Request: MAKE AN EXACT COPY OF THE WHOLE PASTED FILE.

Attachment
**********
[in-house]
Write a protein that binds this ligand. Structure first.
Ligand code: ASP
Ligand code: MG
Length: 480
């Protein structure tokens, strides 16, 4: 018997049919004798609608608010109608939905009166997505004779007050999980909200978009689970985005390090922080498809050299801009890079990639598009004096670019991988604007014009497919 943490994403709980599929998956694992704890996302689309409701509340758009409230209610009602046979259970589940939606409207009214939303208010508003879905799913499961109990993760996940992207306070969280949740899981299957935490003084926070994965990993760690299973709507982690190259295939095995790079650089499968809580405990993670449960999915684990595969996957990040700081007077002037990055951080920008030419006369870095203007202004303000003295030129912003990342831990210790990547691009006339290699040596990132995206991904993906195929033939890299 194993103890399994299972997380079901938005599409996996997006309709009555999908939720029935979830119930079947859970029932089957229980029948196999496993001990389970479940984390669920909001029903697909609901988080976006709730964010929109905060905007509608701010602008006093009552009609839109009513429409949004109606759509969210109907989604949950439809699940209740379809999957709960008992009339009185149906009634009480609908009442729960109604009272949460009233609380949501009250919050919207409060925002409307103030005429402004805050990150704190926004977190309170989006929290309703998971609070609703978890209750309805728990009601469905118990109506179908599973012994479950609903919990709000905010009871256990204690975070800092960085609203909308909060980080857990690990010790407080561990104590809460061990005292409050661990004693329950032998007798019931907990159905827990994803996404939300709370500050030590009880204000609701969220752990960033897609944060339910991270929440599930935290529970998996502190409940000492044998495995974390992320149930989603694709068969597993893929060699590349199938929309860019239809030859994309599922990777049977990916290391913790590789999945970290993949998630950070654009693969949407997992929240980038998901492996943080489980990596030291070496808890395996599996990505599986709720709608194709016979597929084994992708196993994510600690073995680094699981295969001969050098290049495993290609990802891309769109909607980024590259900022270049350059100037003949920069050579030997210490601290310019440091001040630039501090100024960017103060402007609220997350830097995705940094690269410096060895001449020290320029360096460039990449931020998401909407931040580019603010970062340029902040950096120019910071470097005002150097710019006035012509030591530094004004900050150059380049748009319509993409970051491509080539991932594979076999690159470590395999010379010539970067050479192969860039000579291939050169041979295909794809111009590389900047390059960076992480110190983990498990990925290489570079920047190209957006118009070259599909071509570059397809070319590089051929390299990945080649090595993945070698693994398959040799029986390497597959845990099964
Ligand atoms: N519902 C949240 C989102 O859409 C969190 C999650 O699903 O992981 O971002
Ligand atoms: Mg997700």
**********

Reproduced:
[in-house]
Write a protein that binds this ligand. Structure first.
Ligand code: ASP
Ligand code: MG
Length: 480
């Protein structure tokens, strides 16, 4: 018997049919004798609608608010109608939905009166997505004779007050999980909200978009689970985005390090922080498809050299801009890079990639598009004096670019991988604007014009497919 943490994403709980599929998956694992704890996302689309409701509340758009409230209610009602046979259970589940939606409207009214939303208010508003879905799913499961109990993760996940992207306070969280949740899981299957935490003084926070994965990993760690299973709507982690190259295939095995790079650089499968809580405990993670449960999915684990595969996957990040700081007077002037990055951080920008030419006369870095203007202004303000003295030129912003990342831990210790990547691009006339290699040596990132995206991904993906195929033939890299 194993103890399994299972997380079901938005599409996996997006309709009555999908939720029935979830119930079947859970029932089957229980029948196999496993001990389970479940984390669920909001029903697909609901988080976006709730964010929109905060905007509608701010602008006093009552009609839109009513429409949004109606759509969210109907989604949950439809699940209740379809999957709960008992009339009185149906009634009480609908009442729960109604009272949460009233609380949501009250919050919207409060925002409307103030005429402004805050990150704190926004977190309170989006929290309703998971609070609703978890209750309805728990009601469905118990109506179908599973012994479950609903919990709000905010009871256990204690975070800092960085609203909308909060980080857990690990010790407080561990104590809460061990005292409050661990004693329950032998007798019931907990159905827990994803996404939300709370500050030590009880204000609701969220752990960033897609944060339910991270929440599930935290529970998996502190409940000492044998495995974390992320149930989603694709068969597993893929060699590349199938929309860019239809030859994309599922990777049977990916290391913790590789999945970290993949998630950070654009693969949407997992929240980038998901492996943080489980990596030291070496808890395996599996990505599986709720709608194709016979597929084994992708196993994510600690073995680094699981295969001969050098290049495993290609990802891309769109909607980024590259900022270049350059100037003949920069050579030997210490601290310019440091001040630039501090100024960017103060402007609220997350830097995705940094690269410096060895001449020290320029360096460039990449931020998401909407931040580019603010970062340029902040950096120019910071470097005002150097710019006035012509030591530094004004900050150059380049748009319509993409970051491509080539991932594979076999690159470590395999010379010539970067050479192969860039000579291939050169041979295909794809111009590389900047390059960076992480110190983990498990990925290489570079920047190209957006118009070259599909071509570059397809070319590089051929390299990945080649090595993945070698693994398959040799029986390497597959845990099964
Ligand atoms: N519902 C949240 C989102 O859409 C969190 C999650 O699903 O992981 O971002
Ligand atoms: Mg997700």